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Seattle Kraken

Jordan Eberle was one of the building blocks last year for the Seattle Kraken. Where do they go from here? Photo via the Seattle Kraken

2022 NHL Off-Season Guide: The Seattle Kraken

Seattle Kraken
Jordan Eberle was one of the building blocks last year for the Seattle Kraken. Where do they go from here? Photo via the Seattle Kraken

2022 NHL Off-Season Guide: The Seattle Kraken

Welcome to another 2022 NHL Off-Season Guide. This time out we are looking at the newest franchise in the game. The Seattle Kraken. Going into their second year the Kraken can proudly say they are doing a lot of things right when it comes to building a franchise. The question this off-season will be whether they continue the path they are on or look to turbo speed the (re?)build with Unrestricted Free Agents.

The Roster

While the Seattle Kraken didn’t make the Stanley Cup Finals in their inaugural season like the Vegas Golden Knights, Ron Francis should be given kudos for constructing his band of misfits very cleverly. They had their targets who management felt could play a higher role than they had at previous franchises. After that Francis did a good job of taking on expiring contracts, that wouldn’t hinder the Kraken as they began to build. And if one of those shone like a star they always knew the money would be available to re-sign.

What that means in the off-season is they do not have eight forwards including Jordan Eberle under contract for next season as well as five defensemen. The rest are either Restricted or Unrestricted Free Agents. Forwards Ryan Donato and Morgan Geekie should have done enough to secure new deals while defenseman Haydn Fleury will be the ‘should we, shouldn’t we’ decision after missing numerous games with injury.

Team Needs

It’s too easy to say everything, especially since they just finished their first-ever NHL season. High-end talent is a must, given General Managers weren’t as naive during this expansion draft as they were years earlier when the Vegas Golden Knights entered the league. Matthew Beniers is a star in the making, but does it benefit anyone to place him with top-line minutes starting not season!?! Probably not.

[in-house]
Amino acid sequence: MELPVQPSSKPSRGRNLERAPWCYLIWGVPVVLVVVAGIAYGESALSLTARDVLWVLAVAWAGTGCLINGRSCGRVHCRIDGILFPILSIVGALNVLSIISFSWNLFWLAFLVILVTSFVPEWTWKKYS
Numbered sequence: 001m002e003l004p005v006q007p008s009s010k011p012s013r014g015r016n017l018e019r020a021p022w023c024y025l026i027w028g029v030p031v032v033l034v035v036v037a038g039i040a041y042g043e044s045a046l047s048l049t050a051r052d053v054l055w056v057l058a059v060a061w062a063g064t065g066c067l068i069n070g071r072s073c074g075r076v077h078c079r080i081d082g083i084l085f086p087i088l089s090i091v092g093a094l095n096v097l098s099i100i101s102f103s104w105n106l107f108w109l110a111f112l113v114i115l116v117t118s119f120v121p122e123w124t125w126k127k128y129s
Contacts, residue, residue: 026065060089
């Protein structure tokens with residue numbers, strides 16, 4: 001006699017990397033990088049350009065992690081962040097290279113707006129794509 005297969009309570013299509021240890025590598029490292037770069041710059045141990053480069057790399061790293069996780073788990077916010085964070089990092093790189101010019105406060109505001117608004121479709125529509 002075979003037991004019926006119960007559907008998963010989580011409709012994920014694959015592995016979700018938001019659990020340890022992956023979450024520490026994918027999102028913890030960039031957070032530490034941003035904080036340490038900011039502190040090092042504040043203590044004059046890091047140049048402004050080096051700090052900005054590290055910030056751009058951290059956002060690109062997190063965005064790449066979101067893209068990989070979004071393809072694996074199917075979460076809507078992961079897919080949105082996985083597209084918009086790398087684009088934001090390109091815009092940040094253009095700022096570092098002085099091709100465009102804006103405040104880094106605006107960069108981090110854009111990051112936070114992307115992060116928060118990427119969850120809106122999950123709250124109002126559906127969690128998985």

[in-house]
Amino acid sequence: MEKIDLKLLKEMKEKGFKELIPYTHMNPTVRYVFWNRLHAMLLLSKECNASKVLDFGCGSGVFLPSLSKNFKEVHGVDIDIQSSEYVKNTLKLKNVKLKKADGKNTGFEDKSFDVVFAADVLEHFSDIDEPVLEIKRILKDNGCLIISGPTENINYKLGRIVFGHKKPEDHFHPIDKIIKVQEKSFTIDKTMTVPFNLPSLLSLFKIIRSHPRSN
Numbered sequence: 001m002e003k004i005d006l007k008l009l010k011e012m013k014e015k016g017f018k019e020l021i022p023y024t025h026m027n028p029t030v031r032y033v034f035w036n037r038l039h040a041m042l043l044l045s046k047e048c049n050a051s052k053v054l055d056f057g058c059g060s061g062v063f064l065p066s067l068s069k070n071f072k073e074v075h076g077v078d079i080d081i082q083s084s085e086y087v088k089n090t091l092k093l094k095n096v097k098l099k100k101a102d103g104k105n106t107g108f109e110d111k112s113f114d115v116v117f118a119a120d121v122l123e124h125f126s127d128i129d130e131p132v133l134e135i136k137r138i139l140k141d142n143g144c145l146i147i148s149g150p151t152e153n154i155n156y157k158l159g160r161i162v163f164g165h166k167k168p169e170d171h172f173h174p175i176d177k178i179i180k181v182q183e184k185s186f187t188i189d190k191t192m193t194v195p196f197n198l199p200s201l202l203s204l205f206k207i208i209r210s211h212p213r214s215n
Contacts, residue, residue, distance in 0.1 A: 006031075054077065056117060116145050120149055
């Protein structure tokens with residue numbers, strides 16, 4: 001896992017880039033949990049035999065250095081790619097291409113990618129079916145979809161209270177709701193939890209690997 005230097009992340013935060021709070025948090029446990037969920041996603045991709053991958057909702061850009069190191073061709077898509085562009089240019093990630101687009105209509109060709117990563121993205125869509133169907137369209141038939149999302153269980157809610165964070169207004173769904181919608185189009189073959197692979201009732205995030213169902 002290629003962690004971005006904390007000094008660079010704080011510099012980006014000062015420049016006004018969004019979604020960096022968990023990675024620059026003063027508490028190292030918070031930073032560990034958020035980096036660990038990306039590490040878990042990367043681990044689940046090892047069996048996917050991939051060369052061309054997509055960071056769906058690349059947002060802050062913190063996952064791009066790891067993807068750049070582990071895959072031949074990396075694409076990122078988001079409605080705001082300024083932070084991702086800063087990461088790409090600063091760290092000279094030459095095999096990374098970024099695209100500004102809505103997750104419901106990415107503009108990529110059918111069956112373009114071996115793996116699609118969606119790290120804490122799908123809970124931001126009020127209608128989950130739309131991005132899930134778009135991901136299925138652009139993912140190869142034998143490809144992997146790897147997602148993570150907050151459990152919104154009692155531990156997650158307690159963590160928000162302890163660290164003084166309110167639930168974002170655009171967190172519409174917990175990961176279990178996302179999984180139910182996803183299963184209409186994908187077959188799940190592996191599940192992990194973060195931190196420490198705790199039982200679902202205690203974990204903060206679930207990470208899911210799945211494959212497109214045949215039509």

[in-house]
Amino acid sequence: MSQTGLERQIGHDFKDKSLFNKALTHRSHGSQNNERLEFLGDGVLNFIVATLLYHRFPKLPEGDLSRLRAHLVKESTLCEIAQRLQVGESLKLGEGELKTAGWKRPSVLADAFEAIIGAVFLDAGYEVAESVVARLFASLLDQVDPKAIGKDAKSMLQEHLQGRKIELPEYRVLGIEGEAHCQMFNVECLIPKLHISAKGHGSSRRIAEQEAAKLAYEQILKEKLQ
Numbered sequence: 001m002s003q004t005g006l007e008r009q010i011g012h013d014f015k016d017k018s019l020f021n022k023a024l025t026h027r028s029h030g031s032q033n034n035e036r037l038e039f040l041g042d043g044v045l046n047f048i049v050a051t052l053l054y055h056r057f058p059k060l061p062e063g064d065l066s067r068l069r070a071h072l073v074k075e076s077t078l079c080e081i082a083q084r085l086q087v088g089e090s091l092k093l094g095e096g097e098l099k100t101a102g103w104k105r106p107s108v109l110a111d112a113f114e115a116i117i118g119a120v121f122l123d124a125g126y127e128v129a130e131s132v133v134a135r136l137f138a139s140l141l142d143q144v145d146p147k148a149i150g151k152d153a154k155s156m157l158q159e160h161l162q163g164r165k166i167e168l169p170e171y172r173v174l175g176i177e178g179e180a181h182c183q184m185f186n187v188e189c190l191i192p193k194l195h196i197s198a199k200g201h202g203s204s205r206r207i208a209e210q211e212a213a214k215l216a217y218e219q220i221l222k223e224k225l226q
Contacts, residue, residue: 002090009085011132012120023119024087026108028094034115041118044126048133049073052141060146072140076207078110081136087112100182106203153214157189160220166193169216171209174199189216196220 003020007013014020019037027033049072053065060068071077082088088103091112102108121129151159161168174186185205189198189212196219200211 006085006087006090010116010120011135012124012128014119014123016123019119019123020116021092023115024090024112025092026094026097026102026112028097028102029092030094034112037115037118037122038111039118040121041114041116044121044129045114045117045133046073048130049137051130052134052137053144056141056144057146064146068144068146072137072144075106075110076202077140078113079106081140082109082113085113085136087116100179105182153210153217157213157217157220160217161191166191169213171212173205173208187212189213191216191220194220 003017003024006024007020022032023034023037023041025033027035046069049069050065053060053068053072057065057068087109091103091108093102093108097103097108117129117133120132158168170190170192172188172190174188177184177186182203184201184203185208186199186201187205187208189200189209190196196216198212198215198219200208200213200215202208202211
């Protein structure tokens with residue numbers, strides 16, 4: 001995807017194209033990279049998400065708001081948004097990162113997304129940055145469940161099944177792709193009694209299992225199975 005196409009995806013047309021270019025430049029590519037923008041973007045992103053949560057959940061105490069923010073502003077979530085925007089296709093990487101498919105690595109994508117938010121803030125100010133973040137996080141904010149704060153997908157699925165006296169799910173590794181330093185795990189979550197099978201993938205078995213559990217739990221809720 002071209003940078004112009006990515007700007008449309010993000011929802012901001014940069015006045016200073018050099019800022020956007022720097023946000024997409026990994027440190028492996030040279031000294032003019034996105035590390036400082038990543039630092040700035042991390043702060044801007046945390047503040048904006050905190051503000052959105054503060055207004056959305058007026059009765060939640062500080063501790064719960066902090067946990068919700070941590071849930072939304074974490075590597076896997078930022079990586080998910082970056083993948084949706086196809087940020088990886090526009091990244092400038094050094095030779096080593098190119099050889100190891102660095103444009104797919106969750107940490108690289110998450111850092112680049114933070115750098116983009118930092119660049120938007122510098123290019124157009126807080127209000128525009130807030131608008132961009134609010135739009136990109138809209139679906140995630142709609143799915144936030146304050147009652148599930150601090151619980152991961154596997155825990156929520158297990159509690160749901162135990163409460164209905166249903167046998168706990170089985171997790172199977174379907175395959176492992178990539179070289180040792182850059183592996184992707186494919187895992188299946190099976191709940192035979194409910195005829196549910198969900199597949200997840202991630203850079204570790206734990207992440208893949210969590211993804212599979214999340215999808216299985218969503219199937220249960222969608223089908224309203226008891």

The middle six is Seattle’s strongest with Jordan Eberle, Yanni Gourde, Jaden Schwartz, Jared McCann, Alexander Wennberg, and Joonas Donskoi all under contract for at least next season. The problem is, instead of creating a second and third line to fear all these players will end up further up the depth chart than they should be and continue to be outmatched and that’s where the UFA market comes in. While as a new Franchise the sales will be a lot tougher in the UFA market this year with the likes of Johnny Gaudreau, Filip Forsberg, and Nazem Kadri would be an instant improvement.

There’s also the goaltending situation although I honestly don’t believe that becomes a pressing issue until after the 2022-23 season. While neither were particularly good Chris Driedger’s numbers show that he outplayed Philipp Grubauer throughout the season. This will be put down to a new goaltender learning the systems for Grubauer (even though both were in the same boat), however, another season where you’re backup outplays your starter and decisions will have to be made.

Cap Situation

The Kraken has nearly $23 million to play with this off-season but also has six RFA’s to make decisions on including Ryan Donato, Morgan Geekie, and Daniel Sprong. While all would be decent bottom-six forwards they may not feel the same and have expectations above their means. For Ron Francis, it’s a case of don’t overpay to keep this group together instead of looking at high-end talent who can play top line minutes for you. 

There are enough RFA’s around that an offer sheet is not out of the question, but with long-term success, the goal of giving up first-round draft picks should be seen as an absolute last resort save only for those players who will change the trajectory of the franchise immediately.

The Draft

With twelve picks over seven rounds, including four in the second, the Seattle Kraken has an opportunity to build depth (just like the Coyotes in our previous episode) for the future in this year’s draft. They also drew the number four pick in the Draft Lottery which will see them get another high-end talent to build the team around alongside Matthew Beniers.

It’s imperative though that Seattle uses those second-round picks to strengthen the team. If that means trades so be it, but if you do keep all four at least two have to be bonafide NHL’ers in three years.

Overall

I can’t pretend to know what’s going through Ron Francis’ mind but the smart thing seems to be to continue the (re?)build and trust your process and team when it comes to the Draft. The Western Conference is too stacked right now to challenge and it’s smart to not sell the farm for one decent Ox.

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